As mentioned - the compilers automatically gains knowledge of the interface of a module procedure (the compiler knowledge is "explicit" because it actually saw the procedure's code - hence the term "explicit interface"). No need for the programmer to do anything more.

    A consequence of the above is that external subprograms should not be used at all unless there are very good reasons to the contrary (perhaps the existence of circular or excessively extensive dependencies) - the basic starting point should be to put everything in a module or main program.

Other posters have mentioned the source code organisation benefits of modules - including the ability to group related procedures and other "stuff" into the one package, with control over accessibility of internal implementation details.

I accept there is a valid use of INCLUDE lines as per the second paragraph of the question - where large modules become unwieldy in size. F2008 has addressed this with submodules, which also bring a number of other benefits. Once they become widely supported the include line work-around should be abandoned.

A second valid use is to overcome a lack of support by the language for generic programming techniques (what templates provide in C++) - i.e. where the types of objects involved in an operation may vary, but the token sequence that describes what to do on those objects is essentially the same. It might be another decade or so before the language sorts that out.

  • So, there is no disadvantage in separating subroutines in different files and then using include inside the module, right? I have never heard of submodules before.
    – Nordico
    Mar 28, 2013 at 16:18
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    I would only consider it if I had very large source files or as part of legacy source migration. If possible I would first consider breaking the module into a number of "child" modules that are then aggregated together with USE statements in the parent module. However, with complicated type/procedure dependencies and/or with the way that Fortran's PUBLIC/PRIVATE accessibility works, using child modules may not always be possible. You may find that stitching the source for a module together with INCLUDE lines confuses some build systems.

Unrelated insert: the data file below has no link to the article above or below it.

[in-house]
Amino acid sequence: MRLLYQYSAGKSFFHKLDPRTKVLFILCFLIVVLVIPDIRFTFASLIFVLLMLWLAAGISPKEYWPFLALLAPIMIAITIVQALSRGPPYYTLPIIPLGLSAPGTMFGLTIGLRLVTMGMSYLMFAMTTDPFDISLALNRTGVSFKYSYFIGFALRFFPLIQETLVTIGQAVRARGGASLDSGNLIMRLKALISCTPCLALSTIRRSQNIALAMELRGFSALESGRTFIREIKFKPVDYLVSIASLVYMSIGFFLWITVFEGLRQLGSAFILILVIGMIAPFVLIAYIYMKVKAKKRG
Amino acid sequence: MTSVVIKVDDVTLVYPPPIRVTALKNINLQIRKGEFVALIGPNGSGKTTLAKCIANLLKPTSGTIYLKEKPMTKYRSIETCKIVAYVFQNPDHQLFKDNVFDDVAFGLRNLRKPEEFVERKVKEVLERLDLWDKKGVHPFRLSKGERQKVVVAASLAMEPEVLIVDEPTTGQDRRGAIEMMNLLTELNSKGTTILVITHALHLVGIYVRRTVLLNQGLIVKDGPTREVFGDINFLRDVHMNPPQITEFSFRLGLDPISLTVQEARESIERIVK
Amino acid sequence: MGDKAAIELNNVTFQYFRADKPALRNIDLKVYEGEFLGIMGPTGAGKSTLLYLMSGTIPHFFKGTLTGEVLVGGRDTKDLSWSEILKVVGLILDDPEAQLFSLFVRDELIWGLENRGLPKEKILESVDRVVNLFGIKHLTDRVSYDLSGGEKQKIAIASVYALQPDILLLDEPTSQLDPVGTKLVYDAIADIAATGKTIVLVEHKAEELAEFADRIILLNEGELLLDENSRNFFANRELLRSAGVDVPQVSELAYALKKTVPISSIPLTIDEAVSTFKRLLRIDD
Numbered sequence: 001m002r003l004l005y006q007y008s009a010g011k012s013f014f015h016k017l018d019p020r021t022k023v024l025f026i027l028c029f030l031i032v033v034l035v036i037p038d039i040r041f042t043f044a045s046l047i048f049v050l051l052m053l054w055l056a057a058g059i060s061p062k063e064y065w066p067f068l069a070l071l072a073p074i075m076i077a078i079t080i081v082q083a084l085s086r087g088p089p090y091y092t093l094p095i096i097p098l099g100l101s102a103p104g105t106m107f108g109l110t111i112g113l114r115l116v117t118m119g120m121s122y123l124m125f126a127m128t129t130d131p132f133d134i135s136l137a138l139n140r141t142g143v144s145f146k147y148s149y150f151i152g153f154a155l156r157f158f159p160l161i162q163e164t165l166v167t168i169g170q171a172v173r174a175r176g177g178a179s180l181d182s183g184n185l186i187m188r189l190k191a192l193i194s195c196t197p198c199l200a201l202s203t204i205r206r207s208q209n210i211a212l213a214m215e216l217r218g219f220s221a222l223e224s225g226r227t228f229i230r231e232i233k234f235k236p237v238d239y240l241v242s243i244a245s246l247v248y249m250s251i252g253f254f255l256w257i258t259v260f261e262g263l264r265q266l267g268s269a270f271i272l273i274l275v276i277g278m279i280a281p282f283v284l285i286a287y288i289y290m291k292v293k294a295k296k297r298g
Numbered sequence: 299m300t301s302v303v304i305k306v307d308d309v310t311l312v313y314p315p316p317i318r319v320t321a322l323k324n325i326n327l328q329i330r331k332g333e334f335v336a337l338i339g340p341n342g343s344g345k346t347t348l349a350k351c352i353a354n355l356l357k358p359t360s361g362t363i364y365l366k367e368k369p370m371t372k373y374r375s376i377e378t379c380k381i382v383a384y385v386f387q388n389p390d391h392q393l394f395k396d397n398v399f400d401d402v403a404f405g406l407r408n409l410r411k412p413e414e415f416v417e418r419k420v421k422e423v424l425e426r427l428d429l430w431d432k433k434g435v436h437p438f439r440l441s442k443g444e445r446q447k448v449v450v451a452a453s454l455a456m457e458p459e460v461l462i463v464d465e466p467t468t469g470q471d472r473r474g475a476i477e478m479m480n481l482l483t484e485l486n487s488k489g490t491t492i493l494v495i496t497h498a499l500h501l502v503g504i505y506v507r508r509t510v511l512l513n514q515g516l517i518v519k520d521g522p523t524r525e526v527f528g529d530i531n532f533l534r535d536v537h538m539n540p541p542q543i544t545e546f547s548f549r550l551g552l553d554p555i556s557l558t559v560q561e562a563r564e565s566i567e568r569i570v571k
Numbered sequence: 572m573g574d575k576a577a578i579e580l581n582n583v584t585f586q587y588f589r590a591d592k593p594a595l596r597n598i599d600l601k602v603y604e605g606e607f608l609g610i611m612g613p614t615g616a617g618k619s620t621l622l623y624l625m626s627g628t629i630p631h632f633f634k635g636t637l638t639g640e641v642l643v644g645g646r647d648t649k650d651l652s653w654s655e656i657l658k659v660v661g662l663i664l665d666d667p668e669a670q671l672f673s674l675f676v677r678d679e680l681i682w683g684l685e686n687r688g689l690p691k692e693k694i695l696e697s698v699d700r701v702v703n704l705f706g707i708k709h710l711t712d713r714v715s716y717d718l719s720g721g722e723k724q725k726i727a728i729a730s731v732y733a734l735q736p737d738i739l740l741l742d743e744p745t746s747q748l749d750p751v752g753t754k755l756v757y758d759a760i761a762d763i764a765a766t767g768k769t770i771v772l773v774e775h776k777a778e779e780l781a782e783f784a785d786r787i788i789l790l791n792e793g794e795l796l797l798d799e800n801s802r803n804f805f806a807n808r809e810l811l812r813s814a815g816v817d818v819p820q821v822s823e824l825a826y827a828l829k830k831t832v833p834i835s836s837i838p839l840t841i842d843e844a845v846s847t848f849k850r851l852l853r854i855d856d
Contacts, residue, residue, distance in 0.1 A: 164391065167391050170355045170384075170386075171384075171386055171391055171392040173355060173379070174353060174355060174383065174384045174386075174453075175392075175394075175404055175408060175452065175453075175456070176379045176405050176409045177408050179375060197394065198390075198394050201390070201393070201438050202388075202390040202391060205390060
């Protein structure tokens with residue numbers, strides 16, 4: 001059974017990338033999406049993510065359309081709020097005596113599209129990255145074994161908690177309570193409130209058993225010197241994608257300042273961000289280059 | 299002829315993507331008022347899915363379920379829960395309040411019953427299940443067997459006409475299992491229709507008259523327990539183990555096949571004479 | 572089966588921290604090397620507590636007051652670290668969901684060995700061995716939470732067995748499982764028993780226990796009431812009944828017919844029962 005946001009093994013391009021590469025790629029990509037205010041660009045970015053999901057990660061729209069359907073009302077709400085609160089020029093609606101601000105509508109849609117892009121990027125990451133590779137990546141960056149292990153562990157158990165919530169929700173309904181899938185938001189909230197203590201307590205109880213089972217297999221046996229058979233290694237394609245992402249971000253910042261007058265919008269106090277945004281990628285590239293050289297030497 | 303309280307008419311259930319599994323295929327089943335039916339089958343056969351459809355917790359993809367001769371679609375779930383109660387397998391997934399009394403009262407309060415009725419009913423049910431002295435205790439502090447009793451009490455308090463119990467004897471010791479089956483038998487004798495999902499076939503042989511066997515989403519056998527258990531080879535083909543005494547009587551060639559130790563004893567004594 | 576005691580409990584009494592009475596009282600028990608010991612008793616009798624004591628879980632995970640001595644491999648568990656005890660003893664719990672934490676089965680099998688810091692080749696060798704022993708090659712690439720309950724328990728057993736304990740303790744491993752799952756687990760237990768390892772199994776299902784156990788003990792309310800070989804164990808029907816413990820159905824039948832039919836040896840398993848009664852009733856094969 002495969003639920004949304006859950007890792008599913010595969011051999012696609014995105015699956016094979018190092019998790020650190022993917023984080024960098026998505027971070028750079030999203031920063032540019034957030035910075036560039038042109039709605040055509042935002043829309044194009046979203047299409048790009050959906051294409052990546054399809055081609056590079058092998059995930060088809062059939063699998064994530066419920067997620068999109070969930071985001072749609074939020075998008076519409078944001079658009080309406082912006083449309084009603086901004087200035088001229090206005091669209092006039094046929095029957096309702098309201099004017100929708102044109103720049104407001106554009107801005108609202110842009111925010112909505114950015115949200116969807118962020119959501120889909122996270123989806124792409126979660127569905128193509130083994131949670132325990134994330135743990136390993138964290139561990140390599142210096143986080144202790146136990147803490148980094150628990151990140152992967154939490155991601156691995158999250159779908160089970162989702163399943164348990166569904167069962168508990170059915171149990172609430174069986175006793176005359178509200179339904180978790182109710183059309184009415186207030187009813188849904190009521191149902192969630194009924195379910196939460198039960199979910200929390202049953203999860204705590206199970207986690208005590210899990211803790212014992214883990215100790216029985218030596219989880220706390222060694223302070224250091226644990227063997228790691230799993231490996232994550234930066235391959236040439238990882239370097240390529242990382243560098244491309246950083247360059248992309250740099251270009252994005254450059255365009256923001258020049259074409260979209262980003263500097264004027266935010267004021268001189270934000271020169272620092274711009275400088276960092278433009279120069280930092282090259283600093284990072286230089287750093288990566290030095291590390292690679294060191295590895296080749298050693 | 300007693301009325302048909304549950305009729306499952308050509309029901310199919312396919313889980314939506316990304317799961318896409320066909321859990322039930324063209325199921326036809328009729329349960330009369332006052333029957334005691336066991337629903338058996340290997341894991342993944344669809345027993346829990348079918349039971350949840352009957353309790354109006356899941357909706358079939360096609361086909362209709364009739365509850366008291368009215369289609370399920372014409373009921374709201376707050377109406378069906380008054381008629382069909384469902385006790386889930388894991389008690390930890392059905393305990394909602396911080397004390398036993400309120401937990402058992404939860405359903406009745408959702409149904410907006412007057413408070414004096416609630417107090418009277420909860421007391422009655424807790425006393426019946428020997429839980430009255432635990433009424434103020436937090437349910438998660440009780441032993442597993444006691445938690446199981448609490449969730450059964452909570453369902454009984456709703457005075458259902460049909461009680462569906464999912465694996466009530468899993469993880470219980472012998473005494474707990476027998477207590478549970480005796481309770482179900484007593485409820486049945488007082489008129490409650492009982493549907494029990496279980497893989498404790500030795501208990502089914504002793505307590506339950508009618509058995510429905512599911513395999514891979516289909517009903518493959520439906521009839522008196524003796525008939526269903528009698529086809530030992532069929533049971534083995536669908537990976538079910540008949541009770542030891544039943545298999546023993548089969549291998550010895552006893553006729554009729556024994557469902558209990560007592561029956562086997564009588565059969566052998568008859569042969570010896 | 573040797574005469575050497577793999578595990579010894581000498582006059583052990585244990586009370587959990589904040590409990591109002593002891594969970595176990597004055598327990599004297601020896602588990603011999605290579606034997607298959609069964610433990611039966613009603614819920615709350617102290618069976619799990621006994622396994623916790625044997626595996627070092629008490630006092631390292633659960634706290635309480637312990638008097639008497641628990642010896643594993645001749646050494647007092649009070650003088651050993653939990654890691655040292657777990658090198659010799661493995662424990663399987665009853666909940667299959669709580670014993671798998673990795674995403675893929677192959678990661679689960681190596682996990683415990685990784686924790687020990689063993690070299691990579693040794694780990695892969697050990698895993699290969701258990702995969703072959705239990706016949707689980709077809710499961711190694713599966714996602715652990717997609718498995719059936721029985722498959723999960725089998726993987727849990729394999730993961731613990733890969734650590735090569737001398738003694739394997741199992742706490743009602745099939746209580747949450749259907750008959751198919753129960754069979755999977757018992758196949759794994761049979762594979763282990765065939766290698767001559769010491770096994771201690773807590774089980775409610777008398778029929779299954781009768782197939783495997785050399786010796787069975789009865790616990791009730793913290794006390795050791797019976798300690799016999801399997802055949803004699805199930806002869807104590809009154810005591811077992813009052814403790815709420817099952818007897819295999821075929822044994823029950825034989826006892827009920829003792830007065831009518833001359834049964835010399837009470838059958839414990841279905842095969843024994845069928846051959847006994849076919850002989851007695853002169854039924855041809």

– IanH
    Mar 28, 2013 at 19:08

Placing procedures into modules and using those modules makes the interface of the procedure explicit. It allows a Fortran compiler to check for consistency between the actual arguments in a call and the dummy arguments of the procedure. This guards against a variety of programmer mistakes. An explicit interface is also necessary for certain "advanced" features of Fortran >=90; for example, optional or keyword arguments. Without the explicit interface, the compiler won't generate the correct call. Merely including a file doesn't provide these advantages.

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    I'd go further, I don't think that there are any good reasons to use include files. Mar 27, 2013 at 17:37
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    Like I wrote I don't know of any good reasons to use include files. But it's an opinion Mar 27, 2013 at 21:37

M.S.B.'s answer is great and is probably the most important reason to prefer modules over include. I'd like to add a few more thoughts.

Using modules reduces your compiled binary size if that is something that is important to you. A module is compiled once, and when you use it you are symbolically loading that module to use the code. When you include a file, you are actually inserting the new code into your routine. If you use include a lot it can cause your binary to be large and also increase your compile time.

You can also use modules to fake OOP style coding in Fortran 90 through clever use of public and private functions and user defined types in a module. Even if you didn't want to do that, it provides a nice way to group functions that logically belong together.